Vol 71, No 6 (2021)
Review paper
Published online: 2021-10-29

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The effect of physical activity on sex hormone levels in women. Implications for breast cancer risk

Kinga Słojewska1
Nowotwory. Journal of Oncology 2021;71(6):383-390.


Breast cancer is the most commonly diagnosed neoplastic disease in women, which leads to a significant deterioration in the quality of life and a reduction in the ability of women to function normally in everyday life. The main risk factor for breast cancer in both premenopausal and postmenopausal women is exposure to high levels of endogenous estrogen. It takes many years for neoplasia to develop, but lowering estrogen levels has been observed to reduce the risk of both a new diagnosis and recurrence of breast cancer. Observational studies have found that exercise reduces the level of bioavailable sex hormones, and thus may reduce the risk of developing breast cancer. Currently available evidence clearly shows that adequate levels of physical activity are associated with a 25–30% reduction in the average risk of breast cancer in women and play a role in its treatment.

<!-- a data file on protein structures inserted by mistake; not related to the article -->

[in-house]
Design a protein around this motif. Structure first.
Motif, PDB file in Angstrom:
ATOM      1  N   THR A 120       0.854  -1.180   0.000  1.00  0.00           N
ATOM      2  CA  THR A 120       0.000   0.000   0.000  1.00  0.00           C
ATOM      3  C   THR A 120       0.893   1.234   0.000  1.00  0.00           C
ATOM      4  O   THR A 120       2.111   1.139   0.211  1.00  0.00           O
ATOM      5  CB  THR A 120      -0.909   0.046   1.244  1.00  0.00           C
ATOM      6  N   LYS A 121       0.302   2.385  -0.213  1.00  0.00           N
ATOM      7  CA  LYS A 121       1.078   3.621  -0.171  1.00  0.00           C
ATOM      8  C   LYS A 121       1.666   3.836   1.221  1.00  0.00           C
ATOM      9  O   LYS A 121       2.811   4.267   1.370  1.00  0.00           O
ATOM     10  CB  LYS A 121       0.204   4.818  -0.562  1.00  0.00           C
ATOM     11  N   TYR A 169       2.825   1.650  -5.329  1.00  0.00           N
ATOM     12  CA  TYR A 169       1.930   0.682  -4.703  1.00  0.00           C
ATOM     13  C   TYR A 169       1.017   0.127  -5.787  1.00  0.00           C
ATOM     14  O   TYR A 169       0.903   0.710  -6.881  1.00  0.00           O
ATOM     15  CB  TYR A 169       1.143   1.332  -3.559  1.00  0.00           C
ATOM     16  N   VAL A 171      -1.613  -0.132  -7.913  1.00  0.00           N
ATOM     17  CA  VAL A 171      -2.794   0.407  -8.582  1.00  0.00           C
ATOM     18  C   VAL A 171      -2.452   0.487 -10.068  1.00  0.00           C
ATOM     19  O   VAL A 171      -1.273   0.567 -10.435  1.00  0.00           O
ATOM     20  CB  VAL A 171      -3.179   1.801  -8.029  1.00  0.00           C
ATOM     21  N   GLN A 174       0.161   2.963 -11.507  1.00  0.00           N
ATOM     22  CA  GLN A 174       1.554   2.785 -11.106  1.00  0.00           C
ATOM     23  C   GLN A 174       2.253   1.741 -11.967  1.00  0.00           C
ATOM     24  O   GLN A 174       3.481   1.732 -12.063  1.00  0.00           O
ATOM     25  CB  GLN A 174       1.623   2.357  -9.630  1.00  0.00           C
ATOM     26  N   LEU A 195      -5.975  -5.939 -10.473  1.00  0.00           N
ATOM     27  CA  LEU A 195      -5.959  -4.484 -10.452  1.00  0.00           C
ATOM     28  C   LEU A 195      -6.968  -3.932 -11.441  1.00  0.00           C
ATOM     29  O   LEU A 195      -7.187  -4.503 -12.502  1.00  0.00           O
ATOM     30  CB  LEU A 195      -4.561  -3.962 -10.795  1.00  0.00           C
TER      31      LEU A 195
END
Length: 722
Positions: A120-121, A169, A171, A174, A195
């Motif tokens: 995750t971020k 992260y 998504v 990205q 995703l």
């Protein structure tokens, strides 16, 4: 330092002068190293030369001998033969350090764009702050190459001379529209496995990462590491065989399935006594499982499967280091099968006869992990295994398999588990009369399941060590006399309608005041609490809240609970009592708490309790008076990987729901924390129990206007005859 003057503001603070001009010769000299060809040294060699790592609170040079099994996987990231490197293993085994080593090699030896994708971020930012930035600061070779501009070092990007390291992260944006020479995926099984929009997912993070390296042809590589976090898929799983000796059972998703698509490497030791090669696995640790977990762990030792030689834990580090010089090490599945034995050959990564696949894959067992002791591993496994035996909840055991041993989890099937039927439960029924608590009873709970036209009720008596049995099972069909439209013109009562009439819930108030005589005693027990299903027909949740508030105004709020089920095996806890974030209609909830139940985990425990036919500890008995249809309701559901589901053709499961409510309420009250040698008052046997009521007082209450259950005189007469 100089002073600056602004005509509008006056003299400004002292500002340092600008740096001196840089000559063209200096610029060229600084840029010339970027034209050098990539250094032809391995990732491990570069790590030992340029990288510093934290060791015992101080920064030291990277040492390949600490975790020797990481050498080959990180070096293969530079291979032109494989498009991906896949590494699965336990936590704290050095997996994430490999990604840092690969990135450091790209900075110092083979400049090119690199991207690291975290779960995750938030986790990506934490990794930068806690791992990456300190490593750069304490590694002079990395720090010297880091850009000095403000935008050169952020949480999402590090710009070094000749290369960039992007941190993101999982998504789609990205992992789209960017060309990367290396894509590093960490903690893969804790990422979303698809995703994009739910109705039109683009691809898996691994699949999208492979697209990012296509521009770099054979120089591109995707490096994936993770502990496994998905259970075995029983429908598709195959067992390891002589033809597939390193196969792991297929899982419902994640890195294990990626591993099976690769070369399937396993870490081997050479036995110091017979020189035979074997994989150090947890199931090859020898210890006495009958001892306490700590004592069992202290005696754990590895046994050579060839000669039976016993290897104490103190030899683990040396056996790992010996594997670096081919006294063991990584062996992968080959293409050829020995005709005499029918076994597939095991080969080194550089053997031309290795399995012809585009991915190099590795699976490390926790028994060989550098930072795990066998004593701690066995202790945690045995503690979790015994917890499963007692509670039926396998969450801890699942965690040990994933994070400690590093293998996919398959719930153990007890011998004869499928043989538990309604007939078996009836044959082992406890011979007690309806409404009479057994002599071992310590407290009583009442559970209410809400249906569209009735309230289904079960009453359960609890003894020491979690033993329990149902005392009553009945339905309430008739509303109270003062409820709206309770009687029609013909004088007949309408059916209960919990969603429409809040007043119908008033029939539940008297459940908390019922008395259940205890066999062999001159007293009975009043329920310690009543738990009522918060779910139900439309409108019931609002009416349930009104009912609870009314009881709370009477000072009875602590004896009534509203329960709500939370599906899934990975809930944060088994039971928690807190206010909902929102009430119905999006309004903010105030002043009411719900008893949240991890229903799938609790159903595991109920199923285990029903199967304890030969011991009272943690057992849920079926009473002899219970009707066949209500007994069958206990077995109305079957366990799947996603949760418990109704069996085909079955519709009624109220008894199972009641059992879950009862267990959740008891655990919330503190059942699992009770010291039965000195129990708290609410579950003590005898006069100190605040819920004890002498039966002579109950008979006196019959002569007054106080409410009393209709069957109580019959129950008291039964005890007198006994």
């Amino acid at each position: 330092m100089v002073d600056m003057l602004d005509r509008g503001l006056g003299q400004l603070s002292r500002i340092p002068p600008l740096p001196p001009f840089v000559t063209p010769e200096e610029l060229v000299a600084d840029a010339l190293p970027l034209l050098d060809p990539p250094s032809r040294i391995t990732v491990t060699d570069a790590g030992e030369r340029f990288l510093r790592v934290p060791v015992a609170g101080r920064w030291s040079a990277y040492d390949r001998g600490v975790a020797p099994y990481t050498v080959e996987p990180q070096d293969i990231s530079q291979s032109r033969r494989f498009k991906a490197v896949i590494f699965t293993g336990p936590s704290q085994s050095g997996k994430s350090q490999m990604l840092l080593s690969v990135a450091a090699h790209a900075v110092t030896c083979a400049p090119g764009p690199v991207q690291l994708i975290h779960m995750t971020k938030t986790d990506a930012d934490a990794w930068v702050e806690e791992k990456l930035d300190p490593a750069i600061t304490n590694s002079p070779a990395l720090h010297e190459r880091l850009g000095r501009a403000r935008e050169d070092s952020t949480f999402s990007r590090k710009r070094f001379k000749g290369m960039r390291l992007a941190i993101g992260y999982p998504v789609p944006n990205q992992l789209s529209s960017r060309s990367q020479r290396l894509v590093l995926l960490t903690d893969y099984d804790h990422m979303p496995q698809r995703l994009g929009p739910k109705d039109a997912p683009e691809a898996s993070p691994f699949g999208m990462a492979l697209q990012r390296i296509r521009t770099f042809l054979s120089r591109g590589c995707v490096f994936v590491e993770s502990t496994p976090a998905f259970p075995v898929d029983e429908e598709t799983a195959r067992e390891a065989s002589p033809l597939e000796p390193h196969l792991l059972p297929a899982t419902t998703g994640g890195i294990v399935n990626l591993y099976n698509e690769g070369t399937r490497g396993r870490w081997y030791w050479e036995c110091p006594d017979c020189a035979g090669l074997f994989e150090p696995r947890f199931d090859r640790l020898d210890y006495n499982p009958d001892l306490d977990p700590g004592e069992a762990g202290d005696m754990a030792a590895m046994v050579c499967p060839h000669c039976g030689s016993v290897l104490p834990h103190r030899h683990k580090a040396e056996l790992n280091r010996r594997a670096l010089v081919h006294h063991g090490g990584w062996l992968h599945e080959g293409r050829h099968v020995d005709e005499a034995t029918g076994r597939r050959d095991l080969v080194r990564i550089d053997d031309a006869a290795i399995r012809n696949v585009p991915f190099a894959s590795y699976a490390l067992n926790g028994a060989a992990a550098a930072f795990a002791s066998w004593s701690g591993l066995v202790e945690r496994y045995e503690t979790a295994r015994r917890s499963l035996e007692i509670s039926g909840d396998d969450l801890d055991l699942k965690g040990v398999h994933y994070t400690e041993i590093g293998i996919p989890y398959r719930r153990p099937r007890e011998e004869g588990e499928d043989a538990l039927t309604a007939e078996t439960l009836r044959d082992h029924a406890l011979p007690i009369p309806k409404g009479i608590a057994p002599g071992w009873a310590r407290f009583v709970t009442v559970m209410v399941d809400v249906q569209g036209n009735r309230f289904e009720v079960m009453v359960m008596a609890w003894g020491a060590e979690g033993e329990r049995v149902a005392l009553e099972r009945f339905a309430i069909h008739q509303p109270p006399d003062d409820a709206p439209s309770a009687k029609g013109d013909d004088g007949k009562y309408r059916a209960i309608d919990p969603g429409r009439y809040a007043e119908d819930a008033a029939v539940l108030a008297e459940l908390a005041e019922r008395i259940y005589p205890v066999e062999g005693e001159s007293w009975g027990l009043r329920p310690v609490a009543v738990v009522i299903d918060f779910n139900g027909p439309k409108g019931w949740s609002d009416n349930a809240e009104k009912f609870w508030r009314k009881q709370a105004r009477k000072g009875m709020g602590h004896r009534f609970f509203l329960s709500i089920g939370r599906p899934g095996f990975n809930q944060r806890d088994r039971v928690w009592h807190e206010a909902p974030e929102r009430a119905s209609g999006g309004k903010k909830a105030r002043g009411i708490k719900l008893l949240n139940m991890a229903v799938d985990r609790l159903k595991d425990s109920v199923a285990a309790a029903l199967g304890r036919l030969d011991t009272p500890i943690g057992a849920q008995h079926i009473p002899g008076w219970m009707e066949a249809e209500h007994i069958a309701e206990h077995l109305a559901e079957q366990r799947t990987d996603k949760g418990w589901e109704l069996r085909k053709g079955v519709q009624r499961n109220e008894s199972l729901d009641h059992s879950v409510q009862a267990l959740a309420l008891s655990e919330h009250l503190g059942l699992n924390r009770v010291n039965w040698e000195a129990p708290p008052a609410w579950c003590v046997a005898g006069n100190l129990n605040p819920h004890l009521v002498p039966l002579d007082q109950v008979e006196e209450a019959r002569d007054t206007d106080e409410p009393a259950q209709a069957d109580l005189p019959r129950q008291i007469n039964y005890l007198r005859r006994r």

This review summarizes the data available in the literature on the effect of physical activity on the level of sex hormones in women, while presenting the biological mechanisms underlying the relationship between physical activity and the development of breast cancer. This issue requires further research, but already now, extensive educational campaigns are needed which can be aimed at young women to inform them on the possibility of significantly reducing their risk of breast cancer by introducing physical activity into their everyday lives.

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